FDA Oversight of PFAS 'Forever Chemicals' in Food Packaging Essential, Report Finds

FDA Oversight of PFAS 'Forever Chemicals' in Food Packaging Essential, Report Finds
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A study by the Government Accountability Office finds that better oversight of so-called forever chemicals in good packaging and production is needed but says manufacturers are not currently required to provide the Food and Drug Administration with information about such additives.

U.S. Reps. Rosa DeLauro (D-CT) and Chellie Pingree (D-Maine), requested the report.

“Let me be clear – these are forever chemicals that do not break down and may have a detrimental impact on the health of Americans,” said DeLauro. “And over time, according to the Food and Drug Administration’s (FDA) Total Diet Study (TDS), these chemicals can be found in a variety of food products. We need action to address this issue because the health of the American people should always come first.”

“Food safety is a second-class citizen at the FDA, and that can have deadly consequences,” DeLauro said. “We have seen how not taking food safety seriously can lead to contaminated product, recalls, and subsequent shortages that strain the supply chain and contribute to rising costs. It’s time to put the ‘F’ back into ‘FDA’. We need to prioritize food safety at the agency.”

Pingree said the chemicals pose a wider threat than just food.

“From drinking water and soil to pre-packaged food at the grocery store, ‘forever chemical’ contamination is a growing public health concern for Mainers and people across the country,” Pingree said.

The report entitled “FDA Oversight of Substances Used in Manufacturing, Packaging, and Transporting Food Could Be Strengthened” reviews FDA oversight of indirect food additives. It identifies how food processing and packaging can lead to contamination of food and may pose health risks.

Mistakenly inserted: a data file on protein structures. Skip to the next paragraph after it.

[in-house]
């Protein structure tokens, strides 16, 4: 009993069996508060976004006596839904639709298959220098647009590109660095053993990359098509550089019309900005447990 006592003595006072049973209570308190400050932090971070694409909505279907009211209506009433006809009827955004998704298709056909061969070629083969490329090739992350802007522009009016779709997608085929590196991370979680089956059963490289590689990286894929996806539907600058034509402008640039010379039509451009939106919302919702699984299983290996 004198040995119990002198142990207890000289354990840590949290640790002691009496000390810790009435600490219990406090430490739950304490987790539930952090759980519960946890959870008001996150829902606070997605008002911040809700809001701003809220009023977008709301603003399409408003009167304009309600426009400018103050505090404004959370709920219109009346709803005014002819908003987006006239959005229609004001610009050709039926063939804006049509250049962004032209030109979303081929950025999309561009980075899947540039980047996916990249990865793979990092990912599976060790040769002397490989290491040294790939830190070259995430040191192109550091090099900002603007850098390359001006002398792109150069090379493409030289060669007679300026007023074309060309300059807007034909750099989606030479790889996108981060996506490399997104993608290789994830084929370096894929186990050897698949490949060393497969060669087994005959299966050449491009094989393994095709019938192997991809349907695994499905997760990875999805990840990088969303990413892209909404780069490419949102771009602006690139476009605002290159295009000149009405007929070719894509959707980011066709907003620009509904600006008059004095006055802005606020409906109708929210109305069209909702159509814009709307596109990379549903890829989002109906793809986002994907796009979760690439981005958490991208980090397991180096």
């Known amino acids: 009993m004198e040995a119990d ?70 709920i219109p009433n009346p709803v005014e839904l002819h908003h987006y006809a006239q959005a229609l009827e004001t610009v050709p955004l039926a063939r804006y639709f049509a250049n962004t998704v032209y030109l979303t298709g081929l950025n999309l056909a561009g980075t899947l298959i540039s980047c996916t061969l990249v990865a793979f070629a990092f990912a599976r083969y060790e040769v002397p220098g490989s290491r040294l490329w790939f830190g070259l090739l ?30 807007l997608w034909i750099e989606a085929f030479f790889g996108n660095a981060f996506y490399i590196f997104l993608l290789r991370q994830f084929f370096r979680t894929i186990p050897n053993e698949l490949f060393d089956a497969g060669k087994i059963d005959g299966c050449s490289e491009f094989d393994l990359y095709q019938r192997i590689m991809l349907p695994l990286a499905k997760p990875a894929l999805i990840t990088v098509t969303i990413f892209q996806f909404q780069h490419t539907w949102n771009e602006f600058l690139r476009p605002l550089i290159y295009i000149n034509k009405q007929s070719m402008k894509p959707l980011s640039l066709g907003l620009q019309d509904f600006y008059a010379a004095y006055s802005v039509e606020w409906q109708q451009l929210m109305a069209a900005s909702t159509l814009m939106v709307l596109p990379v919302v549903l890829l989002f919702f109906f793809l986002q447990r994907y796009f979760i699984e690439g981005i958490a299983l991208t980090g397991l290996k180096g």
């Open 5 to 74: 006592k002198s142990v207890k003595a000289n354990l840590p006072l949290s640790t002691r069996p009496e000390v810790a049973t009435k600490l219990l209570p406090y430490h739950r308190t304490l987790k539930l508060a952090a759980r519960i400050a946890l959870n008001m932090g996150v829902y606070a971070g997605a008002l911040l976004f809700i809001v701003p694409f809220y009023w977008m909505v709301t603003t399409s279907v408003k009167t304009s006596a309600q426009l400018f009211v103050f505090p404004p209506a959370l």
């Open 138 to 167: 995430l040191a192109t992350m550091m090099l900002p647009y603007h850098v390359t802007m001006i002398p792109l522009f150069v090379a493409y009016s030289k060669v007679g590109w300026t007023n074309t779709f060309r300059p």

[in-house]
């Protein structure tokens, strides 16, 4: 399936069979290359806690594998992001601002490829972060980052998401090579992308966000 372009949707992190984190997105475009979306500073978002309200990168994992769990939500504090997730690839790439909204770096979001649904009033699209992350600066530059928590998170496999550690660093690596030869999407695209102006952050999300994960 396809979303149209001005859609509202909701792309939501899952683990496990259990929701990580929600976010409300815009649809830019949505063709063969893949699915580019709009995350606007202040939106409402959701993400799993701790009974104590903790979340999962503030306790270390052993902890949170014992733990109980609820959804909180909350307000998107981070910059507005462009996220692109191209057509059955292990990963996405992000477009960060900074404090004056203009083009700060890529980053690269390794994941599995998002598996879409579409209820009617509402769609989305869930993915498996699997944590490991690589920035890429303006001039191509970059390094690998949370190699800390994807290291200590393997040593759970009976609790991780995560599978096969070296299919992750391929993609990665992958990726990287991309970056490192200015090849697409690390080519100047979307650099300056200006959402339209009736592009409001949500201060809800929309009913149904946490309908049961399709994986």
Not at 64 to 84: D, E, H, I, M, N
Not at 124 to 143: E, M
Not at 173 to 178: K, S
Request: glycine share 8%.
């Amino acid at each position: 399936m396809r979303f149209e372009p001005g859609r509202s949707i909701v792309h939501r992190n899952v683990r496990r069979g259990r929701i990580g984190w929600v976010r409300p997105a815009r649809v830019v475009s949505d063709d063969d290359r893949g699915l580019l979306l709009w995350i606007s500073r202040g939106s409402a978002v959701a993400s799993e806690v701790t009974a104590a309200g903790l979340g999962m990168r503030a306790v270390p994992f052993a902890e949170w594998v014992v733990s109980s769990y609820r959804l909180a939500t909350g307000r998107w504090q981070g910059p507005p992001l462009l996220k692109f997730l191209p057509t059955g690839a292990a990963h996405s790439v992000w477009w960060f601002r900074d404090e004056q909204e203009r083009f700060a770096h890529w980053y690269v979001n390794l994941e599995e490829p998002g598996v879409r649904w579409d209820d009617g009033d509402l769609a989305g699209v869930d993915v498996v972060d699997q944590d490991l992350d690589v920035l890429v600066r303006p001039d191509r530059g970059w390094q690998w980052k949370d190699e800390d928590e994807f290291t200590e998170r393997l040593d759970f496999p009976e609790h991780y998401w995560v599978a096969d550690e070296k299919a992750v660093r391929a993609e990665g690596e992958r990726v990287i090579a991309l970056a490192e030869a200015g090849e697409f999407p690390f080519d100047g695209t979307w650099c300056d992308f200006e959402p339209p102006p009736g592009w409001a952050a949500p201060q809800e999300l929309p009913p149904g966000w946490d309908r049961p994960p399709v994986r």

Food processing and packaging can introduce non-food substances that may pose a health risk into food. FDA reviews information on the safety of the substances used for packaging before their first use, and as new information becomes available, FDA will reevaluate its use based on the new information. However, FDA does not have the specific authority to require companies to provide information that the agency may need for such reviews – so re-evaluation can take time or in many cases, may not be possible.

The GAO makes two recommendations to the FDA in the report: 1) request specific legal authority from Congress to compel companies to provide the information needed to reassess the safety of substances and 2) track the dates of the last reviews for all food contact substances to allow FDA to readily identify substances that warrant post-market review.

Help sought for farmers afffected by PFAS

Pingree and New England lawmakers are also proposing legislation that would help farmers affected by PFAS and other forever chemicals.

The Relief for Farmers Hit with PFAS Act would authorize grants for states to provide financial assistance to affected farmers, expand monitoring and testing, remediate PFAS, or even help farmers relocate.

PFAS are man-made “forever” chemicals that are used in industry and consumer products and can lead to serious health effects.  PFAS contamination has prevented some Maine farms from selling their products, creating financial hardship for many family farmers, a news release from Pingree’s office said.

Pingree cited several other cases:

  • In 2016, a dairy farmer in Arundel, Maine, discovered that the milk produced on his farm contained some of the highest levels ever reported for a PFAS contaminant.
  • In 2020, a dairy farm in Fairfield found PFAS levels in its milk were 153 times higher than the Maine standard. 
  • An organic vegetable farm in Unity uncovered PFAS contamination last year, and the couple who farmed the land have higher PFAS levels in their blood than chemical plant workers who manufactured PFAS for decades. 

Numerous other Maine farmers have had their livelihoods disrupted due to PFAS contamination, which originated in wastewater sludge that was spread as fertilizer by farmers who were told by the government that it was safe to use.